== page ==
2. To only mention the INCREDIBLE and ridiculously complex lighting design as “the frequent use of dimmed lighting” is a gross oversimplification. Come on, Thrill, can we work on these reviews!?

  3. I thought the mise-en-scene created by both set and costume was brilliant! It didn’t cling to an era and allowed the themes and drama of the play to shine through clearly.

    Also I think that it wasn’t luck at all that moved Cox to have both leads gazing at the audience during the final scene, that choice is what made the closing so strong. We the audience are gazing upon the characters who are (as it is implied) gazing upon each other. This direction also allowed for the audience to fully absorb the drama deftly expressed by Faith and Hector.

  4. Sarah Johnsrude’s name deserves to be mentioned. Sarah’s designs were the best I have seen for any senior thesis production since I’ve been at Kenyon, and the fact that she was the designed scenery, lighting, and costumes deserves recognition. The designs were supported well by informed and intelligent concepts that in turn supported Josh’s vision stunningly without drawing attention to themselves and being indulgent. The scenery created an architecture for the space that was both practical and aesthetically harmonious, allowing Josh to create meaningful, balanced, and just generally arresting stage pictures. The lighting design was beautiful, raw, and commented wonderfully on the inner- and outer-conflict between good and evil that lies at the heart of the play. The costumes were, without a doubt, the best I have seen at Kenyon…mainstage or thesis. Your review states that the costumes were “confused as to what time period they sought to depict,” but I believe that the fashions of the clothing were common threads in the history of fashion trends for both men and women, none of them outside the realm of the modern setting for the production. Your review fails to catch the subtle, yet significant details that helped to enhance the audience’s understanding. The shades of purple in the chorus’ costumes that faded with each woman’s increasing age, in concert with the cuts and layering may have solicited your “confused” comment, but they reveal a great deal to us about the women that form the chorus. Paying attention to the text, the audience’s understanding of the ages of those women is incredibly important.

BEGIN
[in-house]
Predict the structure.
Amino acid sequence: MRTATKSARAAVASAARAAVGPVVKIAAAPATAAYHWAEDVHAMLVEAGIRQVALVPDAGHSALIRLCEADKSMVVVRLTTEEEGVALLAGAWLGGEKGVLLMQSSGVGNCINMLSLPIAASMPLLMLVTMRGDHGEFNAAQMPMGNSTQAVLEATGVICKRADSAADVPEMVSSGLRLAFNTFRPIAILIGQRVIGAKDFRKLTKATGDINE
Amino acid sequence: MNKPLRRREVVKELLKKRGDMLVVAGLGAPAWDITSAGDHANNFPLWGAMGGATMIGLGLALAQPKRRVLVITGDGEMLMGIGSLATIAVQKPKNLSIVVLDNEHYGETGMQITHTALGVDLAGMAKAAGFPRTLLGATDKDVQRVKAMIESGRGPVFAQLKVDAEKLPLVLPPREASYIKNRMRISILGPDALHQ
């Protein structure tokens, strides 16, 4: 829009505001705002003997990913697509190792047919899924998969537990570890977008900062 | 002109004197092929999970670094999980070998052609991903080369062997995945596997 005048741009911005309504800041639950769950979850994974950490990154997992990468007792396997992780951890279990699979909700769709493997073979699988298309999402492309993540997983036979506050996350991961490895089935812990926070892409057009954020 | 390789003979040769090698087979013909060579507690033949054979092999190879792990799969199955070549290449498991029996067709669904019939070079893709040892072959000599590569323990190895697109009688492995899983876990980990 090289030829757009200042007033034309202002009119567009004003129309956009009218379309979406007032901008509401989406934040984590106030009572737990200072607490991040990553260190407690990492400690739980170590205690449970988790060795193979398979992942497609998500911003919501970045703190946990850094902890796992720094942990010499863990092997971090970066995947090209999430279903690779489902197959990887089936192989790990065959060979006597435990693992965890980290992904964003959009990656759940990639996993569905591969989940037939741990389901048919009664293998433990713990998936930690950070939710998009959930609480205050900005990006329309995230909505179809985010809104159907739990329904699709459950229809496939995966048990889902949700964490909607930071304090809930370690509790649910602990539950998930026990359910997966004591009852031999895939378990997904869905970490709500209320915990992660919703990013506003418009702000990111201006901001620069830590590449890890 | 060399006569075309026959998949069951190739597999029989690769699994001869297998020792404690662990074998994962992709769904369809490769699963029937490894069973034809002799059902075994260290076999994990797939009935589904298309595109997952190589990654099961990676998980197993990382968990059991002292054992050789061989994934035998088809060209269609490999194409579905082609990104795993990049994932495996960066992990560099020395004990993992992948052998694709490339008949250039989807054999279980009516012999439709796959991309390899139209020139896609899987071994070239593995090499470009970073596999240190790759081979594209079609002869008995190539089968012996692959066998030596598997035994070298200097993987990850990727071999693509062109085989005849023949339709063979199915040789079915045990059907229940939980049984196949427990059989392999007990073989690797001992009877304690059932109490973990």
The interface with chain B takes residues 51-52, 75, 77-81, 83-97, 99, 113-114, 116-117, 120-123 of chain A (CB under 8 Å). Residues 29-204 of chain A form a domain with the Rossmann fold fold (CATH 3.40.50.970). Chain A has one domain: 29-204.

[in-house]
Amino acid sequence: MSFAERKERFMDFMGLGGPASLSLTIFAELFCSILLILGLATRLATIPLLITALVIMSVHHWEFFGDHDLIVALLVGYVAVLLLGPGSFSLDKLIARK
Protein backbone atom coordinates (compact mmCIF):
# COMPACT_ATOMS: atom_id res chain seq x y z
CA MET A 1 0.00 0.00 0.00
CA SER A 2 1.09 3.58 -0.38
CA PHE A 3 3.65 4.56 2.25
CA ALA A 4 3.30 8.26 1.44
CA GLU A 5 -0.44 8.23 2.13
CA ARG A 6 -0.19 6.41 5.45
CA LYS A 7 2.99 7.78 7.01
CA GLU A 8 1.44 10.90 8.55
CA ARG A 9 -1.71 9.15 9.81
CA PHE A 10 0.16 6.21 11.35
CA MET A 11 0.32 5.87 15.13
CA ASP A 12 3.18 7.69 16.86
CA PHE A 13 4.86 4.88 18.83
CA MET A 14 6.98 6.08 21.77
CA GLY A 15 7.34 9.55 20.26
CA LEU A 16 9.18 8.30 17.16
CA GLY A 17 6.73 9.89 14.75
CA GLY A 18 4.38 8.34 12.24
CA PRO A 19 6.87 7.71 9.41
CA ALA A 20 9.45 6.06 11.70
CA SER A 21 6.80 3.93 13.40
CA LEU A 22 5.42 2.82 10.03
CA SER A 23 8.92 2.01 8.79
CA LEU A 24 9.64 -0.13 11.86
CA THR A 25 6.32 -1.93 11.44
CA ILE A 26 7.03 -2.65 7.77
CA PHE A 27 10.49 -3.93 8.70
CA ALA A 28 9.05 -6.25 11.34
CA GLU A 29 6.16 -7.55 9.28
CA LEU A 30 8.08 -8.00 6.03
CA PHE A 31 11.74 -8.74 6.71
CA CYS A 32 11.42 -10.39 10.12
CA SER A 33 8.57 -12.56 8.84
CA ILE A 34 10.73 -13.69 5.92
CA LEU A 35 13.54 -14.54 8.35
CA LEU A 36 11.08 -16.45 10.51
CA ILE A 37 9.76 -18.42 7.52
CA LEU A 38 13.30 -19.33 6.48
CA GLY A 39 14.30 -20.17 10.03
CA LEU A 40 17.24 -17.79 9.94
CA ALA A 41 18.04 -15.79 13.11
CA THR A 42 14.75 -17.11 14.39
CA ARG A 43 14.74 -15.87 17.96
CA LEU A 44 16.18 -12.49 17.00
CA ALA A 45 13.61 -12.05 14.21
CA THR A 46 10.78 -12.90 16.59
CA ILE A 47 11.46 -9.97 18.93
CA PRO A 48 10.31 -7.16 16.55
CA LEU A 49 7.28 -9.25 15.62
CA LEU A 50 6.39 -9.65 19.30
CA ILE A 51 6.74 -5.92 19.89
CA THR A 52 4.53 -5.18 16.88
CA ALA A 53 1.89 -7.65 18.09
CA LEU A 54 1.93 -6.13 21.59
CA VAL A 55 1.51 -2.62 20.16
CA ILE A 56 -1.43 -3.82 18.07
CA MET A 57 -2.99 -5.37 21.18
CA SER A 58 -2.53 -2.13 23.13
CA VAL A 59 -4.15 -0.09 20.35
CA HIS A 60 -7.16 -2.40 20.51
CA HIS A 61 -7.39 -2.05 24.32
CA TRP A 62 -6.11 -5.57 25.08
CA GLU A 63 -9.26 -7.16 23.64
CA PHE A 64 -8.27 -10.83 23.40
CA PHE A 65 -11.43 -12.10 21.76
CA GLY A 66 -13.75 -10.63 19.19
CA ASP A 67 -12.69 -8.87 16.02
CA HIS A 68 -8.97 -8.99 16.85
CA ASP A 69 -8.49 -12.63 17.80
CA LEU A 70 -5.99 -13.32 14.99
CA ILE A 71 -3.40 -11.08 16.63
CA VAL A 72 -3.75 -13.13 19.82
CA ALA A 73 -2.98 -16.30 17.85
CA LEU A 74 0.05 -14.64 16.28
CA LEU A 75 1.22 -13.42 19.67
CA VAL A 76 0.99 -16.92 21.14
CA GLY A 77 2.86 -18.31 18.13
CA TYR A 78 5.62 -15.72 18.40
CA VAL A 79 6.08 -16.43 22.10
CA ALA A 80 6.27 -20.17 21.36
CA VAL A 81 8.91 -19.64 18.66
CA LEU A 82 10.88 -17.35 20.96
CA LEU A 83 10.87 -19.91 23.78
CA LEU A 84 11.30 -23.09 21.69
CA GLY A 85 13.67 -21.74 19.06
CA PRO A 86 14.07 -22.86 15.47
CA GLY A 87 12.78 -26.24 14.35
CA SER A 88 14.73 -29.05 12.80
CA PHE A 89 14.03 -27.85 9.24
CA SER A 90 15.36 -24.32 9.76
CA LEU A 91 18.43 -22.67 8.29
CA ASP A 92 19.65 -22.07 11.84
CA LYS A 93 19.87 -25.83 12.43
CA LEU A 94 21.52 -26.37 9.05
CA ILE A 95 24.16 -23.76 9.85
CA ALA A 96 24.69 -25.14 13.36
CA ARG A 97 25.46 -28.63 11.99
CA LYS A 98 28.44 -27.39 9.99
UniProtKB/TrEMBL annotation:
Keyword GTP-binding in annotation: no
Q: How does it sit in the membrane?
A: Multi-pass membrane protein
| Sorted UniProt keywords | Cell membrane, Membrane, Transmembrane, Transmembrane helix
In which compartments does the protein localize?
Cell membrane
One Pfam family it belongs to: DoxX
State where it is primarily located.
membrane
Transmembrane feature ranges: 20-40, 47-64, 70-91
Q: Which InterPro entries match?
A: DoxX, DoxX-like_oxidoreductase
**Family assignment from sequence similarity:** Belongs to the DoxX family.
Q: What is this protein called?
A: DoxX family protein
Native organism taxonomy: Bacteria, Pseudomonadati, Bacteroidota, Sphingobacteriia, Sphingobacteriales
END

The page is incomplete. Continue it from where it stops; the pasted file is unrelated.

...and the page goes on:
Audrey, your review is a gross understatement on the quality of this production and insulting simplifies the tireless work that was put into its creation and execution. Please realize that your public opinion has an effect on its readers, and in turn, the audiences of the productions that you review. Do not take that position lightly.

    Also, please realize that theatre is a collaborative medium and is the result of a number of creative minds and talents working together. It is disrespectful to make mention of someone’s work and not make mention of their name, especially when you receive a document that details who has done what when you walk in the door.